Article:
Tighter security for SAT, ACT in wake of cheating
The millions of students who take the SAT or ACT each year will have to submit photos of themselves when they sign up for the college entrance exams, under a host of new security measures announced March 27 in the aftermath of a major cheating scandal on Long Island.
The two companies that administer the tests, the College Board and ACT Inc., agreed to the precautions under public pressure brought to bear by Nassau County District Attorney Kathleen Rice, who is overseeing the investigation. The measures take effect in the fall.
“I believe these reforms, and many others which are happening behind the scenes, will prevent the kind of cheating that our investigation uncovered and give high schools and colleges the tools they need to identify those who try to cheat,” Rice said.
Rice has charged 20 current or former students from a cluster of well-to-do, high-achieving suburbs on Long Island with participating in a scheme in which teenagers hired other people for as much as $3,500 each to take the exam for them. The five alleged ringers arrested in the case were accused of flashing phony IDs when they showed up for the tests. All 20 have pleaded not guilty.
In one instance, a young man allegedly produced an ID and took the test for a teenage girl who had a name that could have been either male or female.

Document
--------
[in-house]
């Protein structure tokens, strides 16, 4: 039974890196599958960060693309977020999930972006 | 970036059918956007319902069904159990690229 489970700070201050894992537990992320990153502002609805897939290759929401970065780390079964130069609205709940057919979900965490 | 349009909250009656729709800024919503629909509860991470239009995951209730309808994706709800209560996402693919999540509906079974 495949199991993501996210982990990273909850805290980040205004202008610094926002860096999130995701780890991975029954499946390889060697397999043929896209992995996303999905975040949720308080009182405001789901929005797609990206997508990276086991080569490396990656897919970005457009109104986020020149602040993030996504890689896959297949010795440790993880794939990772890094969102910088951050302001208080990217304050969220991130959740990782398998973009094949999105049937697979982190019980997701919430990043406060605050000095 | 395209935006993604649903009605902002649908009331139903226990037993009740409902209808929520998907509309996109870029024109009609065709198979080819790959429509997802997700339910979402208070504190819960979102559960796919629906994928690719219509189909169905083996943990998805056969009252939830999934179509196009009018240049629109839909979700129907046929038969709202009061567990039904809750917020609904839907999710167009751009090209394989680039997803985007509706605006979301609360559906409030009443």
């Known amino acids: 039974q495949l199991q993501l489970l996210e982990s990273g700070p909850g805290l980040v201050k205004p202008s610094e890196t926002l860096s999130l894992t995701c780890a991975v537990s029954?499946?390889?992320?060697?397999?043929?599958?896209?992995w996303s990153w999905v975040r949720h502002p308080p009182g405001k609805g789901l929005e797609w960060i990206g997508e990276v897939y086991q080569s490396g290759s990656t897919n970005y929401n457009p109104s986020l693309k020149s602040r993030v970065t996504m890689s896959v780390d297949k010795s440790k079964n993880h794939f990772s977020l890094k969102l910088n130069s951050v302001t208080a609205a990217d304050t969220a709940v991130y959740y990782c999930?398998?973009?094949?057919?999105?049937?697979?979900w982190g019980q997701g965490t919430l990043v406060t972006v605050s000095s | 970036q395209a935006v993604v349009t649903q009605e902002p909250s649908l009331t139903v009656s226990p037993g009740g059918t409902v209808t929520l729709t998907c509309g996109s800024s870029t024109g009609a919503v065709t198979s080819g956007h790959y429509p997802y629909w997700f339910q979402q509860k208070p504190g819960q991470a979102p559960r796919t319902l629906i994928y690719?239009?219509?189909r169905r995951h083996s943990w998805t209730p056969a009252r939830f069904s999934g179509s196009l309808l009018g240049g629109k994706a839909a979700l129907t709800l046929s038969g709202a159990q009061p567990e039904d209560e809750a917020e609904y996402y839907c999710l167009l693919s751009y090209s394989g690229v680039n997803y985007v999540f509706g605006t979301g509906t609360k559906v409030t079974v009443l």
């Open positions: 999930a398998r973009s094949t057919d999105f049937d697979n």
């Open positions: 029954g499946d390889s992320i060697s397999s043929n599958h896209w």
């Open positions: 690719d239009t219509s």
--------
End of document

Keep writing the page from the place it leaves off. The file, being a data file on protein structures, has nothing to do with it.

Students have long been required to show identification when they arrive for one of the tests. Under the new rules, they will have to submit head shots of themselves in advance with their test application. A copy of the photo will be printed on the admission ticket mailed to each student, and it also will appear on the test site roster.
School administrators are “going to be able to compare the photo and the person who showed up and say that’s either John Doe or that’s not John Doe. They didn’t have the ability to do that before,” the district attorney said.
The photo also will be attached to the student’s scores, which, for the first time, will be sent to his or her high school, so that administrators and guidance counselors can see the pictures. Previously, test results were sent only to the student.
“Millions of college-bound students who take the SAT and ACT each year can have a new confidence that their hard work and preparation will be rewarded and not diminished by cheaters,” Rice said.
Officials from the College Board and ACT Inc. said that any additional costs would be absorbed and not passed on to students. The College Board charges $49 for the SAT; ACT Inc. charges $34 for the basic test, $49.50 if it includes a writing exam.